22 HOME $259,900 2br, 2 bath Prestancia townhome. Main floor laundry. All on 1 floor with full unfinished basement. Call Bev 519-358-8805.

83 LEGACY $554,900 Absolutely gorgeous 3+1br, 3 bath executive brick rancher on a professionally landscaped lot. Call Cindy 519-360-0628.

Sylvia Moffat** 519-355-8189

Ghassan (Gus) Najjar** 519-355-8668

Heather Najjar** 519-355-8666

Kristen Nead** 519-784-7653

Andrea Okopny* 519-359-2482

Chris Papple* 519-350-1402

Elizabeth Peifer* 519-436-8959

New Listing 20768 VICTORIA, RIDGETOWN • $599,900

Exceptional 4br, 3.5 bath 4000 sq ft custom built brick rancher. Call Andrea 519-359-2482.

877 CHARING CROSS $925,000 Everything you could want! 5br, 2 storey with a beautiful yard. Call Brian Peifer 519-436-2669.

New Listing

Offer Pending

80 PAMELA $239,900 Large 3br, 2 bath raised rancher with well cared for beautiful lawns. Call Jim 519-358-3984.

73 SPENCER $124,900 Solid brick 2+1br, 1.5 bath, 1.5 storey home. Call Cindy 519-351-1952.

7627 RIVERVIEW LINE $729,900

Quality custom built home on a beautiful river lot. Call Brian Peifer 519-436-2669.

64 GLENWOOD $259,900 Very spacious 3+2br, 3 bath brick rancher with very private rear yard. Call Eric 519-436-4865.

open house

open house

Jim McLachlin** 519-358-3984

New Listing Carson Warrener* 519-809-2856

Elliot Wilton* 519-358-8755

Cindy Weaver** 519-360-0628

SATURDAY, JUNE 10, 12-2PM 30 CUMBERLAND $199,900 AGENT: PENNY WILTON Lovely, unique 3br, 2 bath 3 level home on huge pie shaped lot. Call Elliot 519-358-8755 or Penny 519-360-0315.

New Listing

Offer Pending

60 FAUBERT $259,900 Well cared for 3br, 2 bath 4 level home with inground pool. Call Gus 519-355-8668 or Heather 519-355-8666.

143 WILLIAM ST. S $579,000 This 3 storey Victorian home built in 1887 with 3 additional apartments for income? Call Carson 519-809-2856.

Penny Wilton** 519-360-0315


New Listing Kelly-Anne Appleton* 519-365-7155

Eric Fitzgerald* 519-436-4865

Steve Carroll* 519-355-9774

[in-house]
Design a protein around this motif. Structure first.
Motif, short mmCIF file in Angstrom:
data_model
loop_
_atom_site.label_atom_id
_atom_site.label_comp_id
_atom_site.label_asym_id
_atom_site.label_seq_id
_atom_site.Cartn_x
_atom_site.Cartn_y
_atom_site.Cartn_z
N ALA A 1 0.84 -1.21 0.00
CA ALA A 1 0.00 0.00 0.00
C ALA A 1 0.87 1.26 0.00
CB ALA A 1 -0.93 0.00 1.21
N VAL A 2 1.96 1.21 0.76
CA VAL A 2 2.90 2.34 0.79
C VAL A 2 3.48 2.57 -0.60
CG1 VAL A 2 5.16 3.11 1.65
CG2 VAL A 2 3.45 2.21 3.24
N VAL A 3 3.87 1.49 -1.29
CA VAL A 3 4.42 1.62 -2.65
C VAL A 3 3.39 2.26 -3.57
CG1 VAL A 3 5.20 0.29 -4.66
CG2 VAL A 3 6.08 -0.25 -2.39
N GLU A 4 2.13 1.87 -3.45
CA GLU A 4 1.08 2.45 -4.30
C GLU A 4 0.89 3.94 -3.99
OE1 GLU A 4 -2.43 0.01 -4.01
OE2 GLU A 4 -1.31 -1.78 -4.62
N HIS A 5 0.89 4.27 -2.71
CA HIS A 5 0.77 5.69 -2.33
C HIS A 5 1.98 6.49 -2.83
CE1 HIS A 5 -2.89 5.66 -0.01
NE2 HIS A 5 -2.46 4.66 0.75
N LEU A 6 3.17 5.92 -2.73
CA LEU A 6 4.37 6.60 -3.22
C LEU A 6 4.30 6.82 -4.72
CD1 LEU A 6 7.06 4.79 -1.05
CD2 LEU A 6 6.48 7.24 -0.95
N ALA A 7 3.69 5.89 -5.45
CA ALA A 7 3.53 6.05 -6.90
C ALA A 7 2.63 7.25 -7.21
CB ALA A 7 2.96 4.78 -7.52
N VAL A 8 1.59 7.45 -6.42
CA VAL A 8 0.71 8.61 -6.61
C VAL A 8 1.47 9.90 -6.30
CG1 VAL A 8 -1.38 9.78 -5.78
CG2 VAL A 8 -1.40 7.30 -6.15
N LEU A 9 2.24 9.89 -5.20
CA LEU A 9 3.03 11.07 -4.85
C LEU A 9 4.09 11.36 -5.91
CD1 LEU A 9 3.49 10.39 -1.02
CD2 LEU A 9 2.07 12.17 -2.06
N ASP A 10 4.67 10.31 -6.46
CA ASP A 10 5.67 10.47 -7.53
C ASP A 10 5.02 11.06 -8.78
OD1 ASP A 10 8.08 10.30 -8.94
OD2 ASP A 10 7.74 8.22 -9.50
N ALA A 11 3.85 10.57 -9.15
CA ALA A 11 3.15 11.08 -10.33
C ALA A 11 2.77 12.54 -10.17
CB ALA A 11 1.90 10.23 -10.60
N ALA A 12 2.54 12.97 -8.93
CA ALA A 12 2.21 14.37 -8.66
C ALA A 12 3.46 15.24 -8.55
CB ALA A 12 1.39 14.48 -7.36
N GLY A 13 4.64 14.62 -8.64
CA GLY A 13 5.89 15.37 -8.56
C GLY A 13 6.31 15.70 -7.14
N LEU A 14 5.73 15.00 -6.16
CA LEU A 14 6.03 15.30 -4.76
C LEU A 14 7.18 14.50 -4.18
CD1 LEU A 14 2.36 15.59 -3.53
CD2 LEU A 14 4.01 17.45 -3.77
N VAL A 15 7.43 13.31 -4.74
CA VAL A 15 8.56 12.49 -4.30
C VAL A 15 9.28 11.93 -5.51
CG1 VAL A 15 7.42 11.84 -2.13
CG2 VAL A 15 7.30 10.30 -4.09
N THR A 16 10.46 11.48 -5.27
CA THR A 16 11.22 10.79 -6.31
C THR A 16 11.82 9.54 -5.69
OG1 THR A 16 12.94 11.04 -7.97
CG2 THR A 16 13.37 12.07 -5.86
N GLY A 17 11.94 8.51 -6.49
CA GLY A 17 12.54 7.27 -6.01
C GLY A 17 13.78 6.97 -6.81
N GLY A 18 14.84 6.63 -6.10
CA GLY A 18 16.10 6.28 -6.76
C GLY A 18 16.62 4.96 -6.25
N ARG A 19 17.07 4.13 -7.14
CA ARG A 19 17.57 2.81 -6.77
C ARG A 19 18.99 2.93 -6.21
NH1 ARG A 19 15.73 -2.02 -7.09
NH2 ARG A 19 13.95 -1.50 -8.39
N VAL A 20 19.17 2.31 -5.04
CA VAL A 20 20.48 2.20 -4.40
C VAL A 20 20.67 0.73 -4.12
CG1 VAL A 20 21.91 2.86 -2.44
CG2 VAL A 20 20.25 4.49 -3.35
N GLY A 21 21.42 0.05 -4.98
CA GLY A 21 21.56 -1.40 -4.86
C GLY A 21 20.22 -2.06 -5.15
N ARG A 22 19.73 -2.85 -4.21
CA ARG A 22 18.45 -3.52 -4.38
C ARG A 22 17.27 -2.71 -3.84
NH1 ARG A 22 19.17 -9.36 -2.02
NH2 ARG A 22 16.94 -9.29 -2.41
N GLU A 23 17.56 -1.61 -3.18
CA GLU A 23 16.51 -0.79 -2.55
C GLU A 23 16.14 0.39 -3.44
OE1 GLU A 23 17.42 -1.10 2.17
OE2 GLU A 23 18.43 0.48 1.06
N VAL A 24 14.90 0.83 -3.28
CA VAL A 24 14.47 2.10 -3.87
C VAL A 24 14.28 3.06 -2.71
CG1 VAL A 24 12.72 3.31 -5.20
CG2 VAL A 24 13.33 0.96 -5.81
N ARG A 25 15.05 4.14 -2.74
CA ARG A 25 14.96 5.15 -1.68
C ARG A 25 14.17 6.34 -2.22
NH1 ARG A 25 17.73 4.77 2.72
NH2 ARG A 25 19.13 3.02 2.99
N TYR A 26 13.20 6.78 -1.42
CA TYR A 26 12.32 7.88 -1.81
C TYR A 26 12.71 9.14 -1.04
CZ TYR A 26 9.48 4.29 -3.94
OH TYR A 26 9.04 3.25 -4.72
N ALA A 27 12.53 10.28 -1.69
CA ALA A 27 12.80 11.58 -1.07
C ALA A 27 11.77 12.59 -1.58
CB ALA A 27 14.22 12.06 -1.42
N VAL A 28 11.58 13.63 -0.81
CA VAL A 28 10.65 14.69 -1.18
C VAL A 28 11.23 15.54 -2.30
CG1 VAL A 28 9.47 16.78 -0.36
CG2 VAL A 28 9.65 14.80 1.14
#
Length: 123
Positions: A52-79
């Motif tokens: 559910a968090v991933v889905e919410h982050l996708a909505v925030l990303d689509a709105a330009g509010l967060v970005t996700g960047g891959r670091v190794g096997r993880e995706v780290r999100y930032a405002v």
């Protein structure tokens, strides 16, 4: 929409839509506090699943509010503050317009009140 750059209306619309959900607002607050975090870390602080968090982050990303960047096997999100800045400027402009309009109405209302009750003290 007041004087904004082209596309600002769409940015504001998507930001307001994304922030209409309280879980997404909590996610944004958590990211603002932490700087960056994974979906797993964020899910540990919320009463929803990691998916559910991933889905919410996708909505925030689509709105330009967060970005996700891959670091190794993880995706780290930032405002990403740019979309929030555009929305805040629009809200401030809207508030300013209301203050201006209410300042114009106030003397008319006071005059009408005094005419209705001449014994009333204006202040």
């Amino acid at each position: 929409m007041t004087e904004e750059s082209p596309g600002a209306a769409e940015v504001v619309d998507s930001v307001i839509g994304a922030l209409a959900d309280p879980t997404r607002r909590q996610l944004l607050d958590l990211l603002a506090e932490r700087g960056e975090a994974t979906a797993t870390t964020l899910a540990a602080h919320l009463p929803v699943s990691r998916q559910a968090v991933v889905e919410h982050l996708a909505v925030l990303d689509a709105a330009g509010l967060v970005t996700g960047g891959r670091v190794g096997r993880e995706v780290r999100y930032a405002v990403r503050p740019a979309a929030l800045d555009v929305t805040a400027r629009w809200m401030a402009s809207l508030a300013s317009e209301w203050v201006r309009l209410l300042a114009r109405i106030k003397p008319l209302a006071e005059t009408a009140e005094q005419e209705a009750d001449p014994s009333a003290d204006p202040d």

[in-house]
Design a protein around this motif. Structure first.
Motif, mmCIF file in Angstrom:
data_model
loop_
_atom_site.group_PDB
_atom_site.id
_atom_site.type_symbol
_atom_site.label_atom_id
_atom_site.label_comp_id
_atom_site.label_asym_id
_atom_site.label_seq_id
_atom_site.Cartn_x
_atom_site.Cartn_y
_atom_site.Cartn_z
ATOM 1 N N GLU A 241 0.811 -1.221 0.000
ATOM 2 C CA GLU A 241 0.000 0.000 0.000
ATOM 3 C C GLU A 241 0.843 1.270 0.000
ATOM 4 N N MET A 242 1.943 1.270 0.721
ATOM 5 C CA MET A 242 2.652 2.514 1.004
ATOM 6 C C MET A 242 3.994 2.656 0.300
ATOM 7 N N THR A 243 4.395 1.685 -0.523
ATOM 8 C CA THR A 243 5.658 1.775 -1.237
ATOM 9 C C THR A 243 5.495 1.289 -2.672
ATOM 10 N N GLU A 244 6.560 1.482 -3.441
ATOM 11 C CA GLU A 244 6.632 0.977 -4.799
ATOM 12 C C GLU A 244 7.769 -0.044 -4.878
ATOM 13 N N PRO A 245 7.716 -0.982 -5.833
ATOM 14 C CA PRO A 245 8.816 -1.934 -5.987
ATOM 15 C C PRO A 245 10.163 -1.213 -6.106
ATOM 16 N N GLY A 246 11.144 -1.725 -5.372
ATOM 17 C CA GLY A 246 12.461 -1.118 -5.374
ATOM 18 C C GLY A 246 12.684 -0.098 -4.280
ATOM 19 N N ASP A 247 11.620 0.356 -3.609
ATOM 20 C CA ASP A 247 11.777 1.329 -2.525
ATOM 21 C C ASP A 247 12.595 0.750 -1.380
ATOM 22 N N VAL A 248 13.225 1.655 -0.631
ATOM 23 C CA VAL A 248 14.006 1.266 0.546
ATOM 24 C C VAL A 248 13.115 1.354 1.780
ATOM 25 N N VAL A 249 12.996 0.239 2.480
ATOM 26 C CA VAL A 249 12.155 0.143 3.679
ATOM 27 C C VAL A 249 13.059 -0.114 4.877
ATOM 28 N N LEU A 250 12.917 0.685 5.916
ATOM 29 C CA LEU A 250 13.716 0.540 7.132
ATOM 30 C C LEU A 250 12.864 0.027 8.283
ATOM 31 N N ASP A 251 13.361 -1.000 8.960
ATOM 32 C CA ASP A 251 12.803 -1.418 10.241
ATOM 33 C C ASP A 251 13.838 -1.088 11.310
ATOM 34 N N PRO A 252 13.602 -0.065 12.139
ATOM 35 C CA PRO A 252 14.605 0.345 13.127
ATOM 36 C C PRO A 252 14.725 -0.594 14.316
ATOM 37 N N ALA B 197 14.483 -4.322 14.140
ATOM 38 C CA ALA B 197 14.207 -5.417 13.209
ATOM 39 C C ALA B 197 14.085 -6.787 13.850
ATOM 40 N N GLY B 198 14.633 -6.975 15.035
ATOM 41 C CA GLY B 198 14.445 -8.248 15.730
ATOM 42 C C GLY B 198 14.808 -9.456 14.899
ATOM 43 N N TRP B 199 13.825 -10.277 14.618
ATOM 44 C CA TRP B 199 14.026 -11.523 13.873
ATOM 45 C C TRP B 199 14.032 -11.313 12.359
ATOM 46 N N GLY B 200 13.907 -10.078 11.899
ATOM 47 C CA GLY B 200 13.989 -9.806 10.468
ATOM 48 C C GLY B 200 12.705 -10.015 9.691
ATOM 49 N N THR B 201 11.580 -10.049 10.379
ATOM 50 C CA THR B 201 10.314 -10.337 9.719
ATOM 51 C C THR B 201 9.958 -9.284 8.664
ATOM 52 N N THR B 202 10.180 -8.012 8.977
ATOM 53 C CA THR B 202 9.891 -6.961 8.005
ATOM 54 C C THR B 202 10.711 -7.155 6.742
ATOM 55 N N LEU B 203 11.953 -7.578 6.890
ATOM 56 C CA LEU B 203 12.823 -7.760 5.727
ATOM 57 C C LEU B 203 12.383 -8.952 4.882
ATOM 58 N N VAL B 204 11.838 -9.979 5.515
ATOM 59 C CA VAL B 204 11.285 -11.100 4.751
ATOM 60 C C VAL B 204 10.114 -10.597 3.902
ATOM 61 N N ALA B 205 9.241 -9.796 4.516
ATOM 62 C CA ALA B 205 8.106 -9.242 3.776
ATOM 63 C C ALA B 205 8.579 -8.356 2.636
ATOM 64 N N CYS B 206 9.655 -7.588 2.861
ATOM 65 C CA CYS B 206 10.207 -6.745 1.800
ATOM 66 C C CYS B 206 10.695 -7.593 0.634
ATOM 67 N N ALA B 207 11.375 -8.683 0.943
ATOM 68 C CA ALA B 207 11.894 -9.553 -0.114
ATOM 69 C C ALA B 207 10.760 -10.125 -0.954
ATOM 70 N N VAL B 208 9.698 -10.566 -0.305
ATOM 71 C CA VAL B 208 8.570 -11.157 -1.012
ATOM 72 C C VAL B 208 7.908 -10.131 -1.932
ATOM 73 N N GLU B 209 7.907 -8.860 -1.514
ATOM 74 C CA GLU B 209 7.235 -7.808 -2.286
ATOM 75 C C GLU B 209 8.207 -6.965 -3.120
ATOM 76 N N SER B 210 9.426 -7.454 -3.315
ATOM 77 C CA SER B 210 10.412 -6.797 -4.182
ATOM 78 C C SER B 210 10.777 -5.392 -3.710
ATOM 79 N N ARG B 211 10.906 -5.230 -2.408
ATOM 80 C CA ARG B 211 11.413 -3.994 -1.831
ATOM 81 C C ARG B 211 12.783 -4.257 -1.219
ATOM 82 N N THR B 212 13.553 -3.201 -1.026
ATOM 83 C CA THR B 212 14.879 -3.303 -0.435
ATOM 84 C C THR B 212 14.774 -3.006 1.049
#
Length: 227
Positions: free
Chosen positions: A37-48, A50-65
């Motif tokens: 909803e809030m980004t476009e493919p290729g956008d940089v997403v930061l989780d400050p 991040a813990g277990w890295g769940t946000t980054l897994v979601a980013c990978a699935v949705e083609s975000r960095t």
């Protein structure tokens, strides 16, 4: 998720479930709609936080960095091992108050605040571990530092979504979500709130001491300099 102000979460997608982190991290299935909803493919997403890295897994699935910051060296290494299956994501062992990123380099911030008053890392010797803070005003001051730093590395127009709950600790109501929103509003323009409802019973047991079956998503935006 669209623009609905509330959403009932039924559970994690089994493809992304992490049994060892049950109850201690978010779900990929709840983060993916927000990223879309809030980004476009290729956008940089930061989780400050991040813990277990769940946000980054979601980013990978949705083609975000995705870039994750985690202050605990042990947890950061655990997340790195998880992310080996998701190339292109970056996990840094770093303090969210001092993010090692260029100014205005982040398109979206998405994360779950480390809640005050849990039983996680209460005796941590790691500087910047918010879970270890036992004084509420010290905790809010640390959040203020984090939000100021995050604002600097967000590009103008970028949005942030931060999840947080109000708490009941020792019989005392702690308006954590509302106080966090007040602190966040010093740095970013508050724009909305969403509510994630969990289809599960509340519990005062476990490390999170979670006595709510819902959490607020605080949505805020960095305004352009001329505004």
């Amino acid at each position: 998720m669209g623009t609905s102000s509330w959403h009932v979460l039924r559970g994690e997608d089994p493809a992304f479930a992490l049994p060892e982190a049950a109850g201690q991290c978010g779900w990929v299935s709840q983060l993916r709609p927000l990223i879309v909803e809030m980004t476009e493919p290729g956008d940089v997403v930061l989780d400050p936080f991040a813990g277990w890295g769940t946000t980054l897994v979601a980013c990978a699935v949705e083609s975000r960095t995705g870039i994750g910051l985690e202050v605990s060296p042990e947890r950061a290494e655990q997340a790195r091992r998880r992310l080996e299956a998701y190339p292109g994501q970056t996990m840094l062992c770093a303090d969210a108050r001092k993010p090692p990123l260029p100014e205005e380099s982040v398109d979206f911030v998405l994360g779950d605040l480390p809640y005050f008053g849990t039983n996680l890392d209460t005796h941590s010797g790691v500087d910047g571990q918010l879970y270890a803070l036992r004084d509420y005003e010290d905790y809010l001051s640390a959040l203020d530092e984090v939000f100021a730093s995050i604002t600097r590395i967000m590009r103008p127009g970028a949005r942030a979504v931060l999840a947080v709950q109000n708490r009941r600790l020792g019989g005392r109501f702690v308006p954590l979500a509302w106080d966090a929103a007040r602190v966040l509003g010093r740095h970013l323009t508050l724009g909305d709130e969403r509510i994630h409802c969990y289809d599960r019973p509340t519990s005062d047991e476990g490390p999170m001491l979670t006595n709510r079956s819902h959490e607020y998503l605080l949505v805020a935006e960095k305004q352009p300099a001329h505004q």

41 CRAMAR $649,000

3000 sq ft, 4+1 br, 3.5 bath, executive 2 storey on a half acre treed lot. Call Carson 519-809-2856.

Catie Hawryluk* 519-809-4268

Brian Keenan* 519-365-6090

Wayne Liddy* 519-436-4810

June McDougall* 519-358-5199

14 WOODLAND $196,900 3 br, 2 bath all brick ranch on huge lot & inground pool. Call June 519-358-5199.


Ronald Franko** 519-355-8181

Michael Gibbons* 519-365-5634

George McDougall* 519-360-7334

21 EARL #18 $191,900 Well cared for 2br, 3 bath condo with 1.5 car garage. Call David 519-350-1615.

8 HOMESTEAD $182,900 3br brick rancher, 2 baths, finished up and down. Call George 519-360-7334.

46 DALEVIEW $219,900 Well maintained 4br, 1.5 bath 2 storey professionally landscaped. Call David 519-350-1615.

98 MCFADDEN $109,900 3br 1.5 storey in prime location including appliances. Call Sylvia 519-355-8189.

New Listing

New Listing

225 CAMPUS #111 $124,900 Immaculate, stunning 2br 1st floor condo apt. Move in ready! Call Michael 519-365-5634.

19 VICTORIA $179,500 Lovely 4br, 1.5 bath 2 storey brick home with loads of charm & character. Call Deb 519-401-5470.

Commercial Lot

New Listing

725 ST CLAIR $289,900 1ac lot with 120’ frontage on St. Clair just south of mall. Zoned HC1. Call Bev 519-358-8805.

225 CAMPUS #314 $109,900 Updated & move-in ready 2br condo apt with tons of inclusions. Call Kristen 519-784-7653.